While a beautiful tree, it is not highly valued by people today. But Nisenan, as well as early [white] settlers, found it a very useful tree. The nuts of its gigantic cones—some almost one foot long and six inches in diameter, weighing as much as four pounds—were laboriously collected. This was a sticky job. The pitchy, green cones were knocked from the tree and held over a fire until their scales opened, releasing the hard coated seeds. These were then cracked open to remove the tasty kernels within. But it was worth it, for the seeds are over 51% at and 28% protein—power-packed food. High fat foods were rare in the Nisenan diet, and therefore prized.
The pitch itself was a useful glue and could be used to make torches for night travel. White settlers are also known to have used it as a kind of band aid coating over sores and burns. Some even chewed the pitch when it thickened into a gum as a cure for rheumatism or as a kind of chewing gum. (I tried it myself when I was a young girl living in the foothills below Redding and wandering around the hill. It tasted pretty good.)

Balsam Fir

Balsam fir (also called white fir or silver fir) is a 60- to 180-foot-tall by 20-foot-wide tree that is native to Yuba County and typically grows at elevations below 10,000 feet. It is found in yellow pine forest. It tolerates full shade.

You can read more about it at the Theodore Payne Wiki, the Las Pilitas Nursery website, and USDA Conservation Plant Characteristics. You can see pictures of it at CalPhotos, Flickr, and Picasa. You can find out where to buy it at the California Native Plant Link Exchange.

Sugar Pine

Sugar pine (Pinus lambertiana) in the California State University Sacramento arboretum. Photo by queerbychoice. Sugar Pine is a 175- to 230-foot-tall by 10- to 25-foot-wide tree that is native to Yuba County and typically grows at elevations below 9,000 feet. It is most often found on rocky slopes in yellow pine forest. It tolerates partial shade.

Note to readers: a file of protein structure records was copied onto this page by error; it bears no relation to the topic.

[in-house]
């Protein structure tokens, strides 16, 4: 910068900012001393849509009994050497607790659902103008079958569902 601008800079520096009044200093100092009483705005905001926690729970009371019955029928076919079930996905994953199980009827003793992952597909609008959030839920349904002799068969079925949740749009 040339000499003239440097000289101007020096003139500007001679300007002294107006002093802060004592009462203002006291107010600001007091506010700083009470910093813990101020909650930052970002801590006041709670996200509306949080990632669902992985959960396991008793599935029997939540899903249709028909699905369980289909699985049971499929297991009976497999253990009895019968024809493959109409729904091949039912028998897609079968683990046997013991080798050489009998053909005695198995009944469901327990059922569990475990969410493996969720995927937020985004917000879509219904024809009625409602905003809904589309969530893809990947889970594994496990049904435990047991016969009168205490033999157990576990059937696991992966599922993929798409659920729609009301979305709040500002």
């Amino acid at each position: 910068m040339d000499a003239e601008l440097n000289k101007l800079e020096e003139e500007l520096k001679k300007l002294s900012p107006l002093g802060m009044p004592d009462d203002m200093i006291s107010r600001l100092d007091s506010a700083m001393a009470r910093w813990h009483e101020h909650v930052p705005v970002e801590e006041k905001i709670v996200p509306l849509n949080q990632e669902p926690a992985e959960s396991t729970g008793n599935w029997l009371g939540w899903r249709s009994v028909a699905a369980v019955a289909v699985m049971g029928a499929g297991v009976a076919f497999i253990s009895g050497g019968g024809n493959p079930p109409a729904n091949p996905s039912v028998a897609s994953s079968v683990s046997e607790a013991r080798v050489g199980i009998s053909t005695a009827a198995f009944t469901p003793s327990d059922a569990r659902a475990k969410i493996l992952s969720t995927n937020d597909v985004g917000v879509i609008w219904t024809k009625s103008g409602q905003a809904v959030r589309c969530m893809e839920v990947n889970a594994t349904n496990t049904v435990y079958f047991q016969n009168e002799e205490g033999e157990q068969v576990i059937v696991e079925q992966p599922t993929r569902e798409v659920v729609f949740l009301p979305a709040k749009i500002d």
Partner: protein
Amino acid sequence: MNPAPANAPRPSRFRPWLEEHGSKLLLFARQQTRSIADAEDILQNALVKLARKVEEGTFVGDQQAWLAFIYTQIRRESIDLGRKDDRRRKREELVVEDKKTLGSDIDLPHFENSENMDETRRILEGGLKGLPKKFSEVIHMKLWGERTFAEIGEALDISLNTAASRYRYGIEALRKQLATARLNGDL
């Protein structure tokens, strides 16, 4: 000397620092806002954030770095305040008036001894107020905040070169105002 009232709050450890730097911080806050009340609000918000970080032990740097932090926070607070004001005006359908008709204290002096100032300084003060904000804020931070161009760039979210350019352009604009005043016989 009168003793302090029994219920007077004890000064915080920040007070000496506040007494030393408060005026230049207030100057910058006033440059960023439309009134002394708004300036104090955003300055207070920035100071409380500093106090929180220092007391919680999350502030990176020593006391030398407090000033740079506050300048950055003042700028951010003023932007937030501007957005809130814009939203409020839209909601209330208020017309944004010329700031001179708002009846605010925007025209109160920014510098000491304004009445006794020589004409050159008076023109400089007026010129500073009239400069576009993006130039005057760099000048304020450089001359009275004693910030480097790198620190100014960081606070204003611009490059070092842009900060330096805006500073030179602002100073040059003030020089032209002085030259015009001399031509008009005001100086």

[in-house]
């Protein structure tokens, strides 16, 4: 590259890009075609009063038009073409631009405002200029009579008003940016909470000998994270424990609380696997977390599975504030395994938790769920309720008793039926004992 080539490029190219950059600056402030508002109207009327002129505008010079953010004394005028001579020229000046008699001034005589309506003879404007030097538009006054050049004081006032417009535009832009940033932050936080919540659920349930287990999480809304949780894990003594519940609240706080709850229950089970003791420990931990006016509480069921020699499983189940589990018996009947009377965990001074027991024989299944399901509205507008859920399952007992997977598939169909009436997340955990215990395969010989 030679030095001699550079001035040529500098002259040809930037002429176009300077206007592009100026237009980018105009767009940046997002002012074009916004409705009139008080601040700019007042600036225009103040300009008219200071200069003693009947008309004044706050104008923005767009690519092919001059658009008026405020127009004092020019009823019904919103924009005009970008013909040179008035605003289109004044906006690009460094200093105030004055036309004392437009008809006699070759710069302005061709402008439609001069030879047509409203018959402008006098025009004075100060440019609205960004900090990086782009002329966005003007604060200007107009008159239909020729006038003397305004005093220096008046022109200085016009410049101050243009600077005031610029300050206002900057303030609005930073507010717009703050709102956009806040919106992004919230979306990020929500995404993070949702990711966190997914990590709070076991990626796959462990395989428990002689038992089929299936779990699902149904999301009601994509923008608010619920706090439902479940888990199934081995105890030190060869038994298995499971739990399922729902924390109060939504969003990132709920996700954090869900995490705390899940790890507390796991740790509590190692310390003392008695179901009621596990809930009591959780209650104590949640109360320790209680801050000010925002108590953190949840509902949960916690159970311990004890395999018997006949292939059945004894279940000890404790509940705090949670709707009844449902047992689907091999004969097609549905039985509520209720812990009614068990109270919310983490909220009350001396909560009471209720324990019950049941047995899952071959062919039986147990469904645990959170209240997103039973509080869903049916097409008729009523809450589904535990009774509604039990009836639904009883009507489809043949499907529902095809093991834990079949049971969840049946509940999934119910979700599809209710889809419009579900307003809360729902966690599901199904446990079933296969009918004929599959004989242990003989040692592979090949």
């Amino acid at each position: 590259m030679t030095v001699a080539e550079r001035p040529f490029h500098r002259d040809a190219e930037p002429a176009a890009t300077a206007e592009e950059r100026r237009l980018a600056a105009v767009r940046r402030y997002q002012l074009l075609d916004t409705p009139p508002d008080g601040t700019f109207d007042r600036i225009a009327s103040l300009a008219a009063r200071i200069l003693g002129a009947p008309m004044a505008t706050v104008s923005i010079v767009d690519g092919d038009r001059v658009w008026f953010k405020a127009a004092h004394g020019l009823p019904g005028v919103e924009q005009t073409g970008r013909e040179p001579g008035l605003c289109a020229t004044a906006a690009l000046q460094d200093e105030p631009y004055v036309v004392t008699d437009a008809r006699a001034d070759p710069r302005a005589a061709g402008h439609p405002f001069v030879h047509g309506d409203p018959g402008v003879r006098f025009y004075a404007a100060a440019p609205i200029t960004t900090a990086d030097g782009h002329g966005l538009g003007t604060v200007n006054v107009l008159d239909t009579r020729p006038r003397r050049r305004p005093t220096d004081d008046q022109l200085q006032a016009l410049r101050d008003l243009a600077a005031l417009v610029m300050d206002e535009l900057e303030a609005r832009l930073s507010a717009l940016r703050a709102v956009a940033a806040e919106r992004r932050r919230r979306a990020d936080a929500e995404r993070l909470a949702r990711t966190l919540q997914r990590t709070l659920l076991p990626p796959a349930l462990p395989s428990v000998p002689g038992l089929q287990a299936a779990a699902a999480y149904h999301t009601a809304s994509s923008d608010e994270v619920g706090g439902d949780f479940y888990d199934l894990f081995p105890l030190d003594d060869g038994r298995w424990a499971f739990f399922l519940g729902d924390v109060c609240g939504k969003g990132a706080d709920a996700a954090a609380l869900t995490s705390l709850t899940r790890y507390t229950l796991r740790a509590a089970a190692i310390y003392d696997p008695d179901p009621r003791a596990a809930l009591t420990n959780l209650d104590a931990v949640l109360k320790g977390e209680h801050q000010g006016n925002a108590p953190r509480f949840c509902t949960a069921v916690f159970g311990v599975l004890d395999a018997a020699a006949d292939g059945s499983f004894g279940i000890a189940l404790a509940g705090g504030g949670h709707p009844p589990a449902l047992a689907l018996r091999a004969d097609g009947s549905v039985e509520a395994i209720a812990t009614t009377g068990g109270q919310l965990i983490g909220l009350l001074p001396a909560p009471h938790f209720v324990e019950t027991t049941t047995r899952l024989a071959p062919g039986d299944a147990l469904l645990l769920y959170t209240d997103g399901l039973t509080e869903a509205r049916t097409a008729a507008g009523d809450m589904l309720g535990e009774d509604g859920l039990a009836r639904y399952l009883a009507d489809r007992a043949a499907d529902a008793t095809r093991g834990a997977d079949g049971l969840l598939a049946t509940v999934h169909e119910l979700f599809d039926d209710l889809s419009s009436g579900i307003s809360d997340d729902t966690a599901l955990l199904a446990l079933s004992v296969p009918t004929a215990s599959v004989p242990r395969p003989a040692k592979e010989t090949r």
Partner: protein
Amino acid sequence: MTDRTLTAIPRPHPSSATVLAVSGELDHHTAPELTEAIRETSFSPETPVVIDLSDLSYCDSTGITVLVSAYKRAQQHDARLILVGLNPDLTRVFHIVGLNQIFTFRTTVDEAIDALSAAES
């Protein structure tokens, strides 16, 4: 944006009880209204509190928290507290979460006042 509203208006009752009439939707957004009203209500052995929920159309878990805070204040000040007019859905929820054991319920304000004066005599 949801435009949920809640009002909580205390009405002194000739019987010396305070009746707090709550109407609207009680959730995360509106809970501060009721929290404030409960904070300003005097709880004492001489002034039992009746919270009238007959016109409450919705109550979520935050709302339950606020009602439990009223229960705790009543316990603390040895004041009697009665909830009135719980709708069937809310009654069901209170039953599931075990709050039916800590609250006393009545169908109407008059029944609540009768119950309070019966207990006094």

You can read more about it at the Theodore Payne Wiki, the Las Pilitas Nursery website, and USDA Conservation Plant Characteristics. You can see pictures of it at CalPhotos, Flickr, and Picasa. You can find out where to buy it at the California Native Plant Link Exchange.

Douglas-Fir

Douglas-fir is a 175- to 200-foot-tall by 20-foot-wide tree that is native to Yuba County and typically grows at elevations below 5,000 feet. It is found in yellow pine forest. It tolerates partial shade.

You can read more about it at the Theodore Payne Wiki, the Las Pilitas Nursery website, and USDA Conservation Plant Characteristics. You can see pictures of it at CalPhotos, Flickr, and Picasa. You can find out where to buy it at the California Native Plant Link Exchange.

Yellow Pine

Yellow pine (Pinus ponderosa). Photo by queerbychoice. Yellow pine (also called ponderosa pine, pitch pine, or silver pine) is a 40- to 225-foot-tall by 20- to 40-foot-wide tree that is native to Yuba County and typically grows at elevations between 3,000 and 7,500 feet. It is found in yellow pine forest. It prefers full sun.

You can read more about it at the Theodore Payne Wiki, the Las Pilitas Nursery website, and USDA Conservation Plant Characteristics. You can see pictures of it at CalPhotos, Flickr, and Picasa. You can find out where to buy it at the California Native Plant Link Exchange.

Yew Family

Pacific Yew

Pacific yew (also called Western yew or California yew) is an 8- to 40-foot-tall shrub or small tree that is native to Yuba County and typically grows at elevations below 7,000 feet. It is found in yellow pine forest. It tolerates full shade.

You can read more about it at USDA Conservation Plant Characteristics. You can see pictures of it at CalPhotos, Flickr, and Picasa. You can find out where to buy it at the California Native Plant Link Exchange.